Down a gravel road in the woods of a local county one recent evening, Longwood seniors Victoria Perry and Taylor Hughes interviewed a woman who lives in a shed that lacks heat, water and electricity.
The woman, a domestic violence survivor in her 40s, uses a propane heater to keep warm, buys water at Walmart and dreams of building a house on the property, which she owns. Her life had crumbled just like dominos, and she can’t stand back up on her feet,” said Hughes, “but she’s doing the best she can in the situation.”
Hughes and Perry were among four members of Longwood’s Sociology Club who searched for people in similar situations when they visited gas stations, fast-food restaurants, laundromats and parks in six nearby counties on an evening in late January. Along with fellow seniors Taylor Bryant and Lacy Hodges, they were volunteers in an annual homeless census coordinated by STEPS Inc., the regional community action agency.
STEPS partnered for the first time with outside organizations in the “Point In Time Count,” or PIT Count, which is part of a statewide effort to provide a “snapshot” of each region’s homeless population. Data from the count is a factor used in determining grant allocations for programs related to homelessness.
“It was sad but also eye-opening to see that where these people live is so different from where I live,” said Bryant, a sociology major from Poquoson. “ We went behind buildings and to dumpsters.”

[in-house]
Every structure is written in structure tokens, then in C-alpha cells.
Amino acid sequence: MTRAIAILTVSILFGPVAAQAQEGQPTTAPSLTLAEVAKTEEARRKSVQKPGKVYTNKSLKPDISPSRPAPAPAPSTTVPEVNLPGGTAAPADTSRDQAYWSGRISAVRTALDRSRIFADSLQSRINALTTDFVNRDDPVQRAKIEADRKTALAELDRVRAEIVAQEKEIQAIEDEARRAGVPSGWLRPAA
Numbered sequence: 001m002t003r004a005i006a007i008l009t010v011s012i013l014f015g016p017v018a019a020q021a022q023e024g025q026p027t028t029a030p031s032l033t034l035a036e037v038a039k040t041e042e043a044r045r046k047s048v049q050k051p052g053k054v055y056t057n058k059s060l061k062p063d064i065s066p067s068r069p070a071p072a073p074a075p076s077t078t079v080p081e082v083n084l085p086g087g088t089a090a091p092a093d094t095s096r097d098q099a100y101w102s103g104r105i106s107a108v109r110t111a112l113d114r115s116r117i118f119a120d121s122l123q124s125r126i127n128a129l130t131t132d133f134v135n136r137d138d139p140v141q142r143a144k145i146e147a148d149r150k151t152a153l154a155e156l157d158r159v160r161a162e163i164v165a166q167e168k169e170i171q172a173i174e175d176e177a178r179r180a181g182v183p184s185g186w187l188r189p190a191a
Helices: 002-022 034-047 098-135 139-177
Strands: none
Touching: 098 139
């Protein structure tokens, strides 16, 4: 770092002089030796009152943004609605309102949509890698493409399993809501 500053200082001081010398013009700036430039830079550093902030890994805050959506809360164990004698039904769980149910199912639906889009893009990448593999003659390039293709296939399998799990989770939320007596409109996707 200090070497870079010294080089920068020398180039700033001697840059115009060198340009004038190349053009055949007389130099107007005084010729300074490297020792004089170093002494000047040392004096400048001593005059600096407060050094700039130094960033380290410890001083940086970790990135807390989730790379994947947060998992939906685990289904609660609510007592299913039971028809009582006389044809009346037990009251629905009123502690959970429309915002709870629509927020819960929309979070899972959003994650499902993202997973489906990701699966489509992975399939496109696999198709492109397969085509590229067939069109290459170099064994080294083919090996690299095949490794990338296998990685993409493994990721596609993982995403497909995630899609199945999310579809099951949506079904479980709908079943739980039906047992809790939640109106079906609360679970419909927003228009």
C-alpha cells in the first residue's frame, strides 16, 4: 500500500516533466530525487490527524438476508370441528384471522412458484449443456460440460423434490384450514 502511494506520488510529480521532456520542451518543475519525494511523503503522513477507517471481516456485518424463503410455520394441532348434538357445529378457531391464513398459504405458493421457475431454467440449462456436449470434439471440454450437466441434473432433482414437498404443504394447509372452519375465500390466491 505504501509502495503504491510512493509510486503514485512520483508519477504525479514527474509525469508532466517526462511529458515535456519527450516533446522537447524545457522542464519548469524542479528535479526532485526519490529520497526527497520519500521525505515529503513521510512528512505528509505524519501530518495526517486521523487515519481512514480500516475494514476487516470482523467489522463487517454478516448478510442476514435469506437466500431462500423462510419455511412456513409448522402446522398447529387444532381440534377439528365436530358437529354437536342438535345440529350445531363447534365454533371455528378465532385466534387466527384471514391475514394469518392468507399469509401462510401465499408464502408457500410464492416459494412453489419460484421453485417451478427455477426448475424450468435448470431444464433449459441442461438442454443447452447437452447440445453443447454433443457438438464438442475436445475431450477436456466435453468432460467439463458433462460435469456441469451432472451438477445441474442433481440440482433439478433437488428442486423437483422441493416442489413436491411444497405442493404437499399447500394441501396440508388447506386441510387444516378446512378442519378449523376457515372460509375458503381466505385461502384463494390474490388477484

Each of the Longwood students served on a team of volunteers that was sent to locate homeless individuals and families in two area counties.
“A lot of people who need help don’t want to be found, so the homeless population is often overlooked anyway, especially in rural areas like this where they’re harder to count than in urban areas,” said Hughes, a sociology major from Virginia Beach.
The volunteers, who canvassed from 6 p.m. to midnight, had been provided information ahead of time by local law enforcement personnel as to where homeless persons might be found. Hodges, who spent part of her night riding with a deputy sheriff, interviewed a man living in an abandoned trailer, and Bryant interviewed a homeless person living at a motel.
The Sociology Club’s involvement was prompted by Perry’s interest in homelessness. Perry, the club’s president, first heard about the count during her internship last semester in STEPS’ housing program, where Bryant and Hughes are doing internships this semester. The agency seeks to prevent homelessness and responds to the problem by providing emergency shelter and rapidly rehousing residents of shelters.
“We have more homeless people in this area than you might think,” said Perry, a sociology major from Warrenton.
An annual homeless count is required for agencies that receive Virginia Homeless Solutions funding from the Department of Housing and Community Development.
“With last year’s grant, it turns out we needed more shelter money than we thought we would. STEPS has sheltered a lot of homeless people this year,” said Amy Beatson, STEPS’ director of planning and resource development.